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Medline ® Abstract for Reference 162

of 'Overview of neurologic complications of non-platinum cancer chemotherapy'

162
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Low-dose thalidomide for multiple myeloma: interim analysis of a compassionate use program.
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Steurer M, Spizzo G, Mitterer M, Gastl G
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Onkologie. 2004 Apr;27(2):150-4.
 
BACKGROUND: Despite recent advances in systemic and supportive therapies, multiple myeloma remains an incurable plasma cell malignancy. Novel therapeutic approaches are thus needed. Thalidomide has recently been recognized as an effective new agent for previously untreated, refractory or relapsed myeloma.
PATIENTS AND METHODS: To evaluate the efficacy and tolerability of thalidomide in myeloma, we performed a retrospective analysis of 21 consecutive patients receiving thalidomide alone or in combination with dexamethasone and/or intermittent cyclophosphamide as first-line, maintenance or salvage therapy within a compassionate use program.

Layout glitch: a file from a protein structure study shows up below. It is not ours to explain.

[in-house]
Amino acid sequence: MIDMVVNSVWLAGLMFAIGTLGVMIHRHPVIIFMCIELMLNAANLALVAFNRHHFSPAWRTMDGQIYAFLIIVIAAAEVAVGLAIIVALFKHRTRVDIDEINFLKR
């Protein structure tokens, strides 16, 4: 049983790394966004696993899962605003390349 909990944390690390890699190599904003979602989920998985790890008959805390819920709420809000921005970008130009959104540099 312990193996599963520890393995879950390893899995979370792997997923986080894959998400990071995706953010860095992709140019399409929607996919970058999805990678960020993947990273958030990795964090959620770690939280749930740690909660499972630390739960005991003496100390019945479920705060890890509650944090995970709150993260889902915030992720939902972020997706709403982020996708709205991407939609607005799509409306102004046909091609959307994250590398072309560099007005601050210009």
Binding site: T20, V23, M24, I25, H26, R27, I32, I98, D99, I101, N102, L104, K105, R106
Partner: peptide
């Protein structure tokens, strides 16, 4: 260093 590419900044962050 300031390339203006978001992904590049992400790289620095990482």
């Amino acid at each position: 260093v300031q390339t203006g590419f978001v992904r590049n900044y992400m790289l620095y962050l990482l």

RESULTS: Of the 21 patients, 16 (76.2%) had refractory or relapsed disease, including 7 (33.3%) patients relapsing after autologous stem cell transplantation. Three patients received thalidomide as maintenance therapy after having achieved a partial remission following autologous stem cell transplantation or conventional chemotherapy. Two patients were given thalidomide as first-line treatment for indolent disease. During long-term treatment (median 12months, range 1-27 months), patients tolerated only low doses of thalidomide (50-150 mg/day) due to cumulative neurotoxicity. At a median follow-up of 16 months (range 1.5-28 months), we observed an overall response rate of 61.9% (50% for the subgroup receiving thalidomide alone; 77.8% for combination therapy) consisting of 1 complete response, 2 near-complete responses, 8 partial responses and 2 minor responses. Median progression-free survival was 20 months.
CONCLUSIONS: We conclude that low-dose thalidomide (50-100 mg/day) alone or in combination is a safe, well-tolerated and effective form of therapy for patients with myeloma at various stages of disease.
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Abteilung für Hämatologie&Onkologie, Universitätsklinik für Innere Medizin, Innsbruck, Austria. michael.steurer@uibk.ac.at
PMID